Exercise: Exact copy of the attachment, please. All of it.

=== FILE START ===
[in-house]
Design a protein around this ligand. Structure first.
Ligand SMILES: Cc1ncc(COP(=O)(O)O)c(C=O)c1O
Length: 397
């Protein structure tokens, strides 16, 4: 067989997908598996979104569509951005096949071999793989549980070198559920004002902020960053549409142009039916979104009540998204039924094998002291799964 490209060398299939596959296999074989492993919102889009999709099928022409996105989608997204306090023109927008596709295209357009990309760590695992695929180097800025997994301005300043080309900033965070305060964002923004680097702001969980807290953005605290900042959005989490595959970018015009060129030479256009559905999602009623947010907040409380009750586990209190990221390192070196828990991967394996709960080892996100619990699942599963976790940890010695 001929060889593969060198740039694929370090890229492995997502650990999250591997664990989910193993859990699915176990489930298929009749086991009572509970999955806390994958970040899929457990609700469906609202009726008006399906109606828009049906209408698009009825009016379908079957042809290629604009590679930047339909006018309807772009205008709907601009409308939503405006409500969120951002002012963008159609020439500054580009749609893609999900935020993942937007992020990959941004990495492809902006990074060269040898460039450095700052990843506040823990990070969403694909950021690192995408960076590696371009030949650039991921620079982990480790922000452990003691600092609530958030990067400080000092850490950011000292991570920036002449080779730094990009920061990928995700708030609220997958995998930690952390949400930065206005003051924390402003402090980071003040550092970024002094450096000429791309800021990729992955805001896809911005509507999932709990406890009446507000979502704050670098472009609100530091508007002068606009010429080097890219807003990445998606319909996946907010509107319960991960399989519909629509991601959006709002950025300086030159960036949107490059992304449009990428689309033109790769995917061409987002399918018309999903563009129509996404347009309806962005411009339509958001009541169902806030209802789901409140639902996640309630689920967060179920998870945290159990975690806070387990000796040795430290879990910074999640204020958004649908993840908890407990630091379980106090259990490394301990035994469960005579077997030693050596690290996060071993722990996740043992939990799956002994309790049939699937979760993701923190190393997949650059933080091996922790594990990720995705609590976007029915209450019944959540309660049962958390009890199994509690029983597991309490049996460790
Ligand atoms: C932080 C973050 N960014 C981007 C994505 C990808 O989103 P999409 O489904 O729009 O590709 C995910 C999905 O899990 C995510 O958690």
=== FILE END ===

[in-house]
Design a protein around this ligand. Structure first.
Ligand SMILES: Cc1ncc(COP(=O)(O)O)c(C=O)c1O
Length: 397
């Protein structure tokens, strides 16, 4: 067989997908598996979104569509951005096949071999793989549980070198559920004002902020960053549409142009039916979104009540998204039924094998002291799964 490209060398299939596959296999074989492993919102889009999709099928022409996105989608997204306090023109927008596709295209357009990309760590695992695929180097800025997994301005300043080309900033965070305060964002923004680097702001969980807290953005605290900042959005989490595959970018015009060129030479256009559905999602009623947010907040409380009750586990209190990221390192070196828990991967394996709960080892996100619990699942599963976790940890010695 001929060889593969060198740039694929370090890229492995997502650990999250591997664990989910193993859990699915176990489930298929009749086991009572509970999955806390994958970040899929457990609700469906609202009726008006399906109606828009049906209408698009009825009016379908079957042809290629604009590679930047339909006018309807772009205008709907601009409308939503405006409500969120951002002012963008159609020439500054580009749609893609999900935020993942937007992020990959941004990495492809902006990074060269040898460039450095700052990843506040823990990070969403694909950021690192995408960076590696371009030949650039991921620079982990480790922000452990003691600092609530958030990067400080000092850490950011000292991570920036002449080779730094990009920061990928995700708030609220997958995998930690952390949400930065206005003051924390402003402090980071003040550092970024002094450096000429791309800021990729992955805001896809911005509507999932709990406890009446507000979502704050670098472009609100530091508007002068606009010429080097890219807003990445998606319909996946907010509107319960991960399989519909629509991601959006709002950025300086030159960036949107490059992304449009990428689309033109790769995917061409987002399918018309999903563009129509996404347009309806962005411009339509958001009541169902806030209802789901409140639902996640309630689920967060179920998870945290159990975690806070387990000796040795430290879990910074999640204020958004649908993840908890407990630091379980106090259990490394301990035994469960005579077997030693050596690290996060071993722990996740043992939990799956002994309790049939699937979760993701923190190393997949650059933080091996922790594990990720995705609590976007029915209450019944959540309660049962958390009890199994509690029983597991309490049996460790
Ligand atoms: C932080 C973050 N960014 C981007 C994505 C990808 O989103 P999409 O489904 O729009 O590709 C995910 C999905 O899990 C995510 O958690």